a Epitaph Records: Liberator

Johan Halmberg Drums 


Peter Andersson Trombone 



Erik Wesser Keyboards 

Daniel Mattisson Guitars 

  Epitaph > Artists > Liberator


"Take Madness and The Specials excellent skanking music and stick Adam Ant or Captain Sensible on vocals and what you get is the fantastic Liberator."

- No Bar Codes fanzine

The early 60's, in an era where the world of music was metamorphosing, the island of Jamaica was starting to take its first trembling steps, finding its identity as a self-governed member of the Commonwealth. Recording studios, sound systems and companies suddenly began popping up in large numbers to seek out new talent. Soon something new from the previous copying of the musical style and dances of America was erupting. The after-beat and what was to be known as ska was born when Caribbean music (Mento - a style of Calypso) came to meet American rhythm and blues. The music exploded, creating a vital and stylish movement with its own dances and pace. Ska music became Jamaica's first popular and commercial music, and was later even named the national dance and music of the island. Via immigrants departing to the UK, the music, the style and fashion soon got adopted by the trendy aware modernist (mods) of the UK. Through youth-cults such as the skinheads (the hard-mods) and the rude boys, the music began its travel around the world, splinting and evolving into rock steady, skinhead-reggae, and 'common reggae' before the 60s were over.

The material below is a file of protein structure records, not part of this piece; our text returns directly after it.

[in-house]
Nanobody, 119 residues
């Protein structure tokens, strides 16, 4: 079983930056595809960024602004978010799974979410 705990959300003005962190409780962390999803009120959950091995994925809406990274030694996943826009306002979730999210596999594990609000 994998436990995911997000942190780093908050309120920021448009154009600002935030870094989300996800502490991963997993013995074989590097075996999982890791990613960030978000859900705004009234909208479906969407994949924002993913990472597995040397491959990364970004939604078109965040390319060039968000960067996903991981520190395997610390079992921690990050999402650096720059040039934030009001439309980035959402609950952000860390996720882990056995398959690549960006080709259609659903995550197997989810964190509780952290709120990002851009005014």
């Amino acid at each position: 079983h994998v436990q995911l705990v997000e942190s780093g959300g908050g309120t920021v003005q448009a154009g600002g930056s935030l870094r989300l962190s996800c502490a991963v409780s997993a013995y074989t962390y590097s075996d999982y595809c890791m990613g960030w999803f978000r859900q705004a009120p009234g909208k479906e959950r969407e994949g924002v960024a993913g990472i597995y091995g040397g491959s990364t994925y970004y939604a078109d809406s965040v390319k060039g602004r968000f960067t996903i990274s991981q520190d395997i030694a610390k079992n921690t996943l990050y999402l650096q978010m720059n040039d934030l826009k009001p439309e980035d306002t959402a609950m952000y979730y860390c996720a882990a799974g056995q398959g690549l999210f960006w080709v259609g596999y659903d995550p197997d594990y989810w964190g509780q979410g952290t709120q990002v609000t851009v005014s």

Almost forty years late, ska is once again appearing in strength - stronger than ever. Having its biggest 'revival' with the British Two-Tone sound of the late 70's, and another 'not-as-big' third wave in the UK and America in the late 80's, we are now facing what is commonly known as the fourth wave of ska. After spreading its irresistible downbeat rhythms outside the island of Jamaica into all metropolitans ...



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